Why the MySpace hack matters to you, a non-MySpace user

If you've ever used MySpace in the past, now is the time to change your current passwords. Don't bother changing your MySpace password – that ship has essentially sailed (unless you still use MySpace). I mean change every other password you have, especially if you happen to be using the same password now that you used back then, but here and now for a different service. This is more common than you might think. Lots of people do it.

If you've never once used MySpace, ever, even just to log in and make a single comment, then you're in the clear. Or you would be, if it weren't for the hacks of a wide variety of other, similar database breaches over the past several years. You can head to "HaveIBeenPWNED" to see whether or not your account is part of one of these hacks and dumps.

What security researcher Troy Hunt has done at Have I Been Pwned is to compile lists of emails from those hacks, making them all publicly available for those who may have been a part of them, whether they knew it or not. If you search there and your email or username appears in any of the dumps, you need to get to work as fast as possible.

As has been standard practice for many years, hackers first move after connecting a password to an email or username is to seek out other accounts. You use your email for several websites – what if you have the same password for your bank as you do your email?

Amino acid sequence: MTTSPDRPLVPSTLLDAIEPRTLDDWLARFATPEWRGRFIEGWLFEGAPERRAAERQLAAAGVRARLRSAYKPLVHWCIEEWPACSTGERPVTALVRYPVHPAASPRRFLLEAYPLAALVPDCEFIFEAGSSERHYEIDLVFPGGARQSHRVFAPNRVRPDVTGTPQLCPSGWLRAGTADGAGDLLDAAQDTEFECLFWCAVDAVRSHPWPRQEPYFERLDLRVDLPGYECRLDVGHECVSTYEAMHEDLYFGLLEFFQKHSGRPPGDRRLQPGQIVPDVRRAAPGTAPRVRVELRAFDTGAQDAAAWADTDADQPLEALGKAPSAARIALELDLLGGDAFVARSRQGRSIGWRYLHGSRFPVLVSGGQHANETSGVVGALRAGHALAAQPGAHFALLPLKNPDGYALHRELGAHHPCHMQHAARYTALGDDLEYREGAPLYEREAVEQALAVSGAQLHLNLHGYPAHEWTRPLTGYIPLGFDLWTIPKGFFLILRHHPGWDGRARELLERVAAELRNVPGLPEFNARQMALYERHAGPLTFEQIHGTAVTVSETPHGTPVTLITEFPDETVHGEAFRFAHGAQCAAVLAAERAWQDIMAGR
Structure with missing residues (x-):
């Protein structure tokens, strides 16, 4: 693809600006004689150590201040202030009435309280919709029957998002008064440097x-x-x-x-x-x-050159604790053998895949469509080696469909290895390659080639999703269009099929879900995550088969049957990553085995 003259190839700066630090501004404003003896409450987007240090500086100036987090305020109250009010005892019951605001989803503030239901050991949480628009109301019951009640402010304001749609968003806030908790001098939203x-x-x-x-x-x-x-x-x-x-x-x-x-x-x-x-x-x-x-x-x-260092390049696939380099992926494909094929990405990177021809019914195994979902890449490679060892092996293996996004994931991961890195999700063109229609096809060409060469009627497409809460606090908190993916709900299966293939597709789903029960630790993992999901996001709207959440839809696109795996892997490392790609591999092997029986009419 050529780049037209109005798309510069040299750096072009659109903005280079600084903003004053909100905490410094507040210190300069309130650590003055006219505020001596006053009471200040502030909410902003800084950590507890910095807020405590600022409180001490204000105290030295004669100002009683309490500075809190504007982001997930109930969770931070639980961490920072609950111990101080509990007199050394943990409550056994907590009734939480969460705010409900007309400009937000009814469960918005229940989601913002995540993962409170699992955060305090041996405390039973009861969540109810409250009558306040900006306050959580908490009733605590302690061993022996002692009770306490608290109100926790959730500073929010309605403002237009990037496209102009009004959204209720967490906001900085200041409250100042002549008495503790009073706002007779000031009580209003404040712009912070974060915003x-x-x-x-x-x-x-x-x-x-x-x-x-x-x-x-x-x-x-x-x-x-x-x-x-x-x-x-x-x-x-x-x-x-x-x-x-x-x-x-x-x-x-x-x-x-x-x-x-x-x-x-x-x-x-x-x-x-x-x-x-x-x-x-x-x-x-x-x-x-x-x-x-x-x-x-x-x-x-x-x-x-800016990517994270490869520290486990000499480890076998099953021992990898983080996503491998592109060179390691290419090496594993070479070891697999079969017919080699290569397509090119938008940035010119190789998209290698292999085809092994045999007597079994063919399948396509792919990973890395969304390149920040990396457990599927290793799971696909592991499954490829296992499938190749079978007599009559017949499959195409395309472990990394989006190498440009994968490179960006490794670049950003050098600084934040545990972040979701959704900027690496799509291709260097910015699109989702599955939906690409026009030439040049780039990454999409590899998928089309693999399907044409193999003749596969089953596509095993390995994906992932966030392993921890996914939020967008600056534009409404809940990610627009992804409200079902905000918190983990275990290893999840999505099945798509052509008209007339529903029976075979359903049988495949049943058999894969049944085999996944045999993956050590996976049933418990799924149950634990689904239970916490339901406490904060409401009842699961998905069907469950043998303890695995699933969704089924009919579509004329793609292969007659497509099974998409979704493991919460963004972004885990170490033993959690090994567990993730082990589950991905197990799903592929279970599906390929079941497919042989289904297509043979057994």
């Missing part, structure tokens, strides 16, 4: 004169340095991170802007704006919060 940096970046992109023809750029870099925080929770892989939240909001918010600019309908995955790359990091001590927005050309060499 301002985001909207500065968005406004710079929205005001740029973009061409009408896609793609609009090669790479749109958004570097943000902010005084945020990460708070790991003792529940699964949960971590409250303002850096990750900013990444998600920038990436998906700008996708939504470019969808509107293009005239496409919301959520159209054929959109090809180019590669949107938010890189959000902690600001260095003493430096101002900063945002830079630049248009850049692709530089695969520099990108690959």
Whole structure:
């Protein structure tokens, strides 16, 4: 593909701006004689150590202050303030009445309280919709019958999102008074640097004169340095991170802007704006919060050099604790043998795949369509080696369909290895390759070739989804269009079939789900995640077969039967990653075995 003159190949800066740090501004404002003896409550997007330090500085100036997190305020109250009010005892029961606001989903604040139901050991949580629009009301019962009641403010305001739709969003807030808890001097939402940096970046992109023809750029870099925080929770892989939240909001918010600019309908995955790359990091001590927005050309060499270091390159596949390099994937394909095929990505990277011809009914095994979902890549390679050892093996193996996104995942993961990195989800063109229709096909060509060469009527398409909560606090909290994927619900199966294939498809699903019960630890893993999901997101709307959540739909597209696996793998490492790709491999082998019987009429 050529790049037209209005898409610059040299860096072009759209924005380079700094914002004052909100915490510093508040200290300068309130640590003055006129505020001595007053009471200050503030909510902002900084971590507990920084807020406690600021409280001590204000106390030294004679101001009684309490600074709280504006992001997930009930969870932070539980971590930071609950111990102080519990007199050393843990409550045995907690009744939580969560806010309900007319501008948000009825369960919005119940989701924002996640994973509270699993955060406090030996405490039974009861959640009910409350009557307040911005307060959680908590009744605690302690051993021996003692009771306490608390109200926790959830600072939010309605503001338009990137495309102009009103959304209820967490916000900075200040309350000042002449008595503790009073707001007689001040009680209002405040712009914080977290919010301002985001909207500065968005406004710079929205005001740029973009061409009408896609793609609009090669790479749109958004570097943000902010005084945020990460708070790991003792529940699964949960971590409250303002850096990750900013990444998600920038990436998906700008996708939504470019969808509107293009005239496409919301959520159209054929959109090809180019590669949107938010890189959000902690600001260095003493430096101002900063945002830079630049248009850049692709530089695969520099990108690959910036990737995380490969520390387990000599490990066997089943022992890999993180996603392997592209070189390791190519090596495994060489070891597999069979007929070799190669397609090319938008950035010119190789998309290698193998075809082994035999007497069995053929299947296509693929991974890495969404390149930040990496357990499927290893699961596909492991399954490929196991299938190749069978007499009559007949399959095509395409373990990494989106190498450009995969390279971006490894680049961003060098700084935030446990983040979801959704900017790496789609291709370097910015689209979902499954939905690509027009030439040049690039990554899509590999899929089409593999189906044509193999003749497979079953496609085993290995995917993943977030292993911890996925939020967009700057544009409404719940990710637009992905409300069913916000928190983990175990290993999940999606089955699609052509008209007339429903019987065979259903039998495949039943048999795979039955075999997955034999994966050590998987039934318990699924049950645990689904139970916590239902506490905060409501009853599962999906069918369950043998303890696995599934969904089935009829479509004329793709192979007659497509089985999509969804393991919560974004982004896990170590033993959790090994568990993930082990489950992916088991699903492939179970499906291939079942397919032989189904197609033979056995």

As we outlined back in our "Basic Password Security" SlashGear 101 back in 2012, the following is a set of metaphors that describe what it's like to use one password for all of your internet-based accounts.

1. You've got one key that opens all of your doors.

2. Instead of keeping that one key on your person, you've put duplicates of that key under rocks near all of your doors.

3. Someone finds one key – it was inevitable. Websites get hacked. You belong to websites.

4. They use the key to check not only that one door it was near, but all of your other doors, as well. That key can get in anywhere.

Protect yourself. Change your passwords – and make sure that each one is different from the last.